Although US doctors back the use of electronic health records, concerns about potential privacy breaches are still an issue, indicate two pieces of research published in the January issue of the Journal of the American Informatics Association (JAMIA).
The first study is based on the views of more than 1,000 family practice and specialist doctors across the State of Massachusetts in the US, who were asked whether they thought electronic health information exchange (HIE) would drive down costs, improve patient care, free up their time and preserve patient confidentiality.
AdvertisementThey were also asked whether they would be willing to stump up a monthly fee to use the system.
The electronic exchange of health information (HIE) among different long distance providers has become the focus of intense national interest in the US , following recent legislation and moves to offer cash incentives for those who switch to the system.
The responses showed widespread support for the use of HIE, even though only just over half were actually using electronic health records.
Most (86%) said that HIE would improve the quality of care and seven out of 10 thought that it would cut costs. Three out of four (76%) felt that it would also save time.
But 16% said they were "very concerned" about potential breaches of privacy, while a further 55% were "somewhat concerned."
The authors note that the responses indicate a lower level of concern than that expressed by UK doctors, but suggest that this might change if more extensive breaches than hitherto take place.
But despite their overall enthusiasm, doctors were not willing to stump up the suggested US$150 monthly fee, and nearly half were unwilling to pay anything at all.
A second study reported in JAMIA, suggests that mental health professionals had some significant concerns about the privacy and security of data on electronic health records.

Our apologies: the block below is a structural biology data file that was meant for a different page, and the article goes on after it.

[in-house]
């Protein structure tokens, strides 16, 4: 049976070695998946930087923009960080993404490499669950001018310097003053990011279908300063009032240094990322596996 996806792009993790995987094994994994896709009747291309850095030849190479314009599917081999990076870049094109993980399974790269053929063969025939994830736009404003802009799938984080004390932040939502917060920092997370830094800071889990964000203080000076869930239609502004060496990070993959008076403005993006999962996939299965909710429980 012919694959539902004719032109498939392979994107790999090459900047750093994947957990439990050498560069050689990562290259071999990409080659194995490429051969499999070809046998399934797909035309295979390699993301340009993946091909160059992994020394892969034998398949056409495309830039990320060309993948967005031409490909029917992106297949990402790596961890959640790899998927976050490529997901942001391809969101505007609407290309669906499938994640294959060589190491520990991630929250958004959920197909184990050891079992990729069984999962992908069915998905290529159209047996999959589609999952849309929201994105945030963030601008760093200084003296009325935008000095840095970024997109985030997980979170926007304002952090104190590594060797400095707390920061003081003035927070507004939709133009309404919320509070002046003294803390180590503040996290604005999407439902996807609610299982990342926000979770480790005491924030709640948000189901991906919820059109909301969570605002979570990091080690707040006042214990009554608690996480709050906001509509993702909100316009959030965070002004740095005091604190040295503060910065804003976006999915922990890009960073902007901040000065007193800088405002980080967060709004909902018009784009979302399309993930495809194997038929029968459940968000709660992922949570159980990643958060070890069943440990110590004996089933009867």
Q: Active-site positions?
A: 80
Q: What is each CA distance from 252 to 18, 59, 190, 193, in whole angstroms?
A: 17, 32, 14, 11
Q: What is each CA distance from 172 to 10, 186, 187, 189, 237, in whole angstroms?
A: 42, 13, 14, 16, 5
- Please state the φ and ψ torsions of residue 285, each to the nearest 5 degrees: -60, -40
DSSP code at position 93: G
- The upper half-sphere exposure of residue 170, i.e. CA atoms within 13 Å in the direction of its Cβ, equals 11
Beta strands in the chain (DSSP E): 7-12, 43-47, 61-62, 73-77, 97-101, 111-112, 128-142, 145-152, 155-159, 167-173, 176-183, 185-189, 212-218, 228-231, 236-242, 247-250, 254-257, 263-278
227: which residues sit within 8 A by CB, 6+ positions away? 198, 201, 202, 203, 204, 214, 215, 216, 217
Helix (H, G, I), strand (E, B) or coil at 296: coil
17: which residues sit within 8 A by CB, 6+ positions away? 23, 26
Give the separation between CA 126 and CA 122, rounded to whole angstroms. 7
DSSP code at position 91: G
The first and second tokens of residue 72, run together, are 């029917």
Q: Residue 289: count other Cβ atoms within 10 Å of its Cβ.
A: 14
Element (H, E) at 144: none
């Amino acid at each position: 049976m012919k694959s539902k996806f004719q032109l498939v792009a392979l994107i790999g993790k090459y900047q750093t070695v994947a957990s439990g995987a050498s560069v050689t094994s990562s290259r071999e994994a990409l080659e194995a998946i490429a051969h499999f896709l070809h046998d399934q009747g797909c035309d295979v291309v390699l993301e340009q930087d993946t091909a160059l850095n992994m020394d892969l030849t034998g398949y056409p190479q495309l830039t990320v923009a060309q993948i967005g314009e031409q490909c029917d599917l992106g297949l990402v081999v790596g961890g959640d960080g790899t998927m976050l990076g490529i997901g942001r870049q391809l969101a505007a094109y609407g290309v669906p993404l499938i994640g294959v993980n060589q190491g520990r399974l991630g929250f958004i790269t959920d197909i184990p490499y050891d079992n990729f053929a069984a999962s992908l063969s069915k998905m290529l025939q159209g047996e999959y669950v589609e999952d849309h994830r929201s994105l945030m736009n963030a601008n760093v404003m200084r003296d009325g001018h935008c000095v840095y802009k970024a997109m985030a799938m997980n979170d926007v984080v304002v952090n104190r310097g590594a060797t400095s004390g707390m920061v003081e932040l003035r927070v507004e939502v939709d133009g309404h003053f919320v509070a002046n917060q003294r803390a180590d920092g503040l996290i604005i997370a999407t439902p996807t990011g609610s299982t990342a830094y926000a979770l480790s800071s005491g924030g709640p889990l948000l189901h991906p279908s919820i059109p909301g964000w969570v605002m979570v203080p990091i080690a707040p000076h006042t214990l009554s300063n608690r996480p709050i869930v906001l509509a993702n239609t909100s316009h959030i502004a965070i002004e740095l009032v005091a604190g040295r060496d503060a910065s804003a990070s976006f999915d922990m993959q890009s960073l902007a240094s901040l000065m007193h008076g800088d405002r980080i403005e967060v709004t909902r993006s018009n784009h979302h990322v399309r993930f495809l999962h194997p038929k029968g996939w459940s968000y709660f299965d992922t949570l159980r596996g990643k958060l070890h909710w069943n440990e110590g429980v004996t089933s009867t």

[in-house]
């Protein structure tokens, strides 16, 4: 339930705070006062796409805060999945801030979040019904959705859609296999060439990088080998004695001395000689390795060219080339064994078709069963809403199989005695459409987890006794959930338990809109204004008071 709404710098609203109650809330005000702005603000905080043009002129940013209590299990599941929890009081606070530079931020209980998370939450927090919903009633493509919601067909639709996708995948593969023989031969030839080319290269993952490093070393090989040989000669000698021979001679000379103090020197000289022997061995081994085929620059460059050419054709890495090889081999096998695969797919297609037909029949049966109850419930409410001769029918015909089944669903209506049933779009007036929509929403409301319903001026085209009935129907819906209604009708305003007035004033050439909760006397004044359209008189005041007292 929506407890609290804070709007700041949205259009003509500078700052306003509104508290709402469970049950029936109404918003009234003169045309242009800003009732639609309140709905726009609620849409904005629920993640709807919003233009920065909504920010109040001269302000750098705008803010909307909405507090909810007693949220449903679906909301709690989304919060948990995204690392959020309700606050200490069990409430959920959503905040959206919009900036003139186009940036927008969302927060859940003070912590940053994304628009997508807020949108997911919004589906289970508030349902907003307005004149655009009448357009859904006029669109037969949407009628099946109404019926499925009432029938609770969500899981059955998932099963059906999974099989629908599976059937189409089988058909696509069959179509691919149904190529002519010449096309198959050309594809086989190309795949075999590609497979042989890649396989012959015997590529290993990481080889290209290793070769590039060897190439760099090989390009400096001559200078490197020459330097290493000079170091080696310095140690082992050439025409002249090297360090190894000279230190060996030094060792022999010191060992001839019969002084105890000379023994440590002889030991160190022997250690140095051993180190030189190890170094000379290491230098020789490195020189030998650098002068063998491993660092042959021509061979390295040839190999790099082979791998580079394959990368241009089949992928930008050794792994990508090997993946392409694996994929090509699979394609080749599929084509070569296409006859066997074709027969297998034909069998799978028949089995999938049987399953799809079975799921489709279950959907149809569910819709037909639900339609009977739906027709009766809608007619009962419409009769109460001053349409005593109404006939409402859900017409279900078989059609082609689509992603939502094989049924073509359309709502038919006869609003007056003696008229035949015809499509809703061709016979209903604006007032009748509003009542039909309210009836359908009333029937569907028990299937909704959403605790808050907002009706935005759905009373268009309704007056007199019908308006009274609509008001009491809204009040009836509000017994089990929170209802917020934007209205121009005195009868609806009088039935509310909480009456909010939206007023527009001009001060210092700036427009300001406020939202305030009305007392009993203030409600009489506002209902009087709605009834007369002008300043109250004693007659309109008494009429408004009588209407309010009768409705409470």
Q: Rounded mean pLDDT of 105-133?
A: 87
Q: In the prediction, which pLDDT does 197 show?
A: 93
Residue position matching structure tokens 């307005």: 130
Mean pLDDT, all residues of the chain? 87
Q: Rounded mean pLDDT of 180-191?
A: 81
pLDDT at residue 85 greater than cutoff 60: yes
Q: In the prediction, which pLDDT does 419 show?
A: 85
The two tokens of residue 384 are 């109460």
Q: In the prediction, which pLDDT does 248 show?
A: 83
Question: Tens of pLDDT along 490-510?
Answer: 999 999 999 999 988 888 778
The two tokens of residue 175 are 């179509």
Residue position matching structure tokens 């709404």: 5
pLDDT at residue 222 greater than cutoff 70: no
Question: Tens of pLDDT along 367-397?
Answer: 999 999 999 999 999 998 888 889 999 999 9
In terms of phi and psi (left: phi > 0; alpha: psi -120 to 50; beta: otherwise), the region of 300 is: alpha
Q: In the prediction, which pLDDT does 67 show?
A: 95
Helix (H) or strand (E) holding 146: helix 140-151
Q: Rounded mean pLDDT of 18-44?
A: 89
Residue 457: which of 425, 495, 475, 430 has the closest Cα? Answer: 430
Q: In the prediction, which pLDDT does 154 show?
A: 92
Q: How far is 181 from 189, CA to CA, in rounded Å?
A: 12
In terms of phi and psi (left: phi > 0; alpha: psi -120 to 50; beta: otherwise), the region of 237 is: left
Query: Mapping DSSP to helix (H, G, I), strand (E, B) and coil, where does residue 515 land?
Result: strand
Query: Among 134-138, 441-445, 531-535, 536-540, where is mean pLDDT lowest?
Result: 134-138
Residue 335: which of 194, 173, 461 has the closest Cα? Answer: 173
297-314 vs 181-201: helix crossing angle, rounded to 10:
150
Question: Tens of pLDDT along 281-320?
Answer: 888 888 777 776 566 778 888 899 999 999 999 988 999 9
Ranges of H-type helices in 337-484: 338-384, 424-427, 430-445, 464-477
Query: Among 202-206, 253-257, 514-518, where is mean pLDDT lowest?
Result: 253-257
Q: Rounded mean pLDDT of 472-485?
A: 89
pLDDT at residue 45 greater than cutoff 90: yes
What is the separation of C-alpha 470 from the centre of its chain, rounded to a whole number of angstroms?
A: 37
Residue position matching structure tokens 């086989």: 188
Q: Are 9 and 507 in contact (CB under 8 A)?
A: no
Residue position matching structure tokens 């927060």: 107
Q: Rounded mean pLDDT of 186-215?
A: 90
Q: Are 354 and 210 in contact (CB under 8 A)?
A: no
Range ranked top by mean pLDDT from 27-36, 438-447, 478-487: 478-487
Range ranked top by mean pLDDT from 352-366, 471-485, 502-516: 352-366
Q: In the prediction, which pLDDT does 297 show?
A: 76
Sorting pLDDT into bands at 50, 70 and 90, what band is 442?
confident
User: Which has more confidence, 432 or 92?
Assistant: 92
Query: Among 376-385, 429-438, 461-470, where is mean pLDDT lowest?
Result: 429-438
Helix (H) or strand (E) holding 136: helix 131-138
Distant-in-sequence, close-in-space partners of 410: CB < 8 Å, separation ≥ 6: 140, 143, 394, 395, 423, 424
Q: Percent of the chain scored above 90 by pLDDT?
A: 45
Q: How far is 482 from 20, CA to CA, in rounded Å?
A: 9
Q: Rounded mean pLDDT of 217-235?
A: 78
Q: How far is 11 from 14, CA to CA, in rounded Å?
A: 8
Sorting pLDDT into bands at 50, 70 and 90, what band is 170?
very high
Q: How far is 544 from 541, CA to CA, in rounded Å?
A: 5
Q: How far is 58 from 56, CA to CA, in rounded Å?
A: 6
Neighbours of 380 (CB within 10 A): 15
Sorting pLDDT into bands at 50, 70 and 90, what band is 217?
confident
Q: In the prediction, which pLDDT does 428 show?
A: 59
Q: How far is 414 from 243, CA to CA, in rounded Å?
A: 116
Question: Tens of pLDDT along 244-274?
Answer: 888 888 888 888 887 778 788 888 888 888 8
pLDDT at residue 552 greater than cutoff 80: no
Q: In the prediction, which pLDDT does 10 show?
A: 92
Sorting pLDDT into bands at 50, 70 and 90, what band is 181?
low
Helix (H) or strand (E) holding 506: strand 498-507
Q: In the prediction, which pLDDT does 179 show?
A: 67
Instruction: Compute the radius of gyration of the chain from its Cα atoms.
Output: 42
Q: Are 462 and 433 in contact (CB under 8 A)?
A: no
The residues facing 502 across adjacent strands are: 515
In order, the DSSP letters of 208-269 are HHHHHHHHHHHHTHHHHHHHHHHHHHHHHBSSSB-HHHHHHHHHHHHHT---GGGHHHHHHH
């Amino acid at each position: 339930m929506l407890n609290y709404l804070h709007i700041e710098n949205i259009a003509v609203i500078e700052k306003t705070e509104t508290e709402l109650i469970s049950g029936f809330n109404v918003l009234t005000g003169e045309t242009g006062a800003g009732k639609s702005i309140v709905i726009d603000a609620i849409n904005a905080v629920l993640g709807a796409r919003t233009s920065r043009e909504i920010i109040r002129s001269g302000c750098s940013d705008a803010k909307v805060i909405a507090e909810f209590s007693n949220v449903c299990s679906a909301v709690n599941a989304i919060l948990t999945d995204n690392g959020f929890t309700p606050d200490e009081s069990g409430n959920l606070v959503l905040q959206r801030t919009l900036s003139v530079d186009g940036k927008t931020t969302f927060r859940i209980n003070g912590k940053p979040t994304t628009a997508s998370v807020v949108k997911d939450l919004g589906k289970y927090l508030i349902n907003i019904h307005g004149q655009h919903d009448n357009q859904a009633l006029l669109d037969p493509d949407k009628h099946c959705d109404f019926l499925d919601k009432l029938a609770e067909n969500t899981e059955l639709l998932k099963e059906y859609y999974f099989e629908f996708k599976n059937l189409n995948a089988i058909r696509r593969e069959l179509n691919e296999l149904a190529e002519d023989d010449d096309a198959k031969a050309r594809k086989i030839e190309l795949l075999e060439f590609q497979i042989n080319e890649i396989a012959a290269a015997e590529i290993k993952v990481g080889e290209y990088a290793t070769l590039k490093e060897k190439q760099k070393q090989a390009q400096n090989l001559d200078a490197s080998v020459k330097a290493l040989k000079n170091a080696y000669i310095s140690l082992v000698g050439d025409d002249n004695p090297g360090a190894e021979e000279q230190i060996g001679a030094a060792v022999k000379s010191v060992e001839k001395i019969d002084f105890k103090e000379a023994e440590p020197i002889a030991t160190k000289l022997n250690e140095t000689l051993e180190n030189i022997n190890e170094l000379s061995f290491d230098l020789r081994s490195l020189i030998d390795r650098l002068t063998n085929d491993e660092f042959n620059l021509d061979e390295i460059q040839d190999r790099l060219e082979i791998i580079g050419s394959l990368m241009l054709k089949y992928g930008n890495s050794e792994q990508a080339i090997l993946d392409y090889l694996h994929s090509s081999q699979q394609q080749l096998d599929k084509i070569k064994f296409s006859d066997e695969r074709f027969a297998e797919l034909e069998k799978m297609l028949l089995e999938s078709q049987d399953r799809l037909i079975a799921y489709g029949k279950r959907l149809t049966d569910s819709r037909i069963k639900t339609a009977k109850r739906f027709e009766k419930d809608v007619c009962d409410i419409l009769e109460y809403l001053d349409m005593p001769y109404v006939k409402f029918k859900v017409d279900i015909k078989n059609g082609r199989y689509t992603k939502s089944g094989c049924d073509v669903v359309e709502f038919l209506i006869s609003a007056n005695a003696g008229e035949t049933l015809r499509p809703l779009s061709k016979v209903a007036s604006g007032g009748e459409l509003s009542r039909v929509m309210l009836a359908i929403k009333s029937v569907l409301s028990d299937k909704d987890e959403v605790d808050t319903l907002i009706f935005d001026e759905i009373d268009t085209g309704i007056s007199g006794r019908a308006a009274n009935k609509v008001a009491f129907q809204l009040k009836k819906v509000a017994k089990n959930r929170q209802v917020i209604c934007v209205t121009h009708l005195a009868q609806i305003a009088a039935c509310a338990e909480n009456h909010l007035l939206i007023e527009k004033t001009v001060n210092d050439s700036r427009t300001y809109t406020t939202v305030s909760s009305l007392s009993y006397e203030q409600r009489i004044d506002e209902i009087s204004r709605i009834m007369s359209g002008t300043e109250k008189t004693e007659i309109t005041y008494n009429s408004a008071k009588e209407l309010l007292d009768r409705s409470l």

Of 56 responding psychiatrists, psychologists, nurses, and therapists - out of 120 who were sent the surveys - based at one academic medical center, most (81%) felt that the system permitted the preservation of "open therapeutic communications." Most also felt that electronic records were clearer and more complete than paper versions, although not necessarily more factual.
But when it came to privacy, almost two thirds (63%) were less willing to record highly confidential information to an electronic record than they would be to a paper record.
And more than eight out of 10 (83%) said that if they were to become a patient, they would not want their own mental health records to be routinely accessed by other providers.
The authors point out that previously published surveys of patients/consumers have reflected a lack of confidence in watertight security, and that people with mental health issues already face stigmatisation.
While the narrative data of patients' life histories and experiences inform clinical decision making in psychiatric care, security breaches lay them open to potential misuse or misinterpretation, they say.
Uptake of electronic health records has been slower than anticipated, they add. And they conclude: "Designers of future systems will need to enhance electronic file security and simultaneously maintain legitimate accessibility in order to preserve confidence in psychiatric and other [electronic health record] systems."
"The ramifications of data security cover more than the psychiatric domain, implying a need for considerable reflection," they say.
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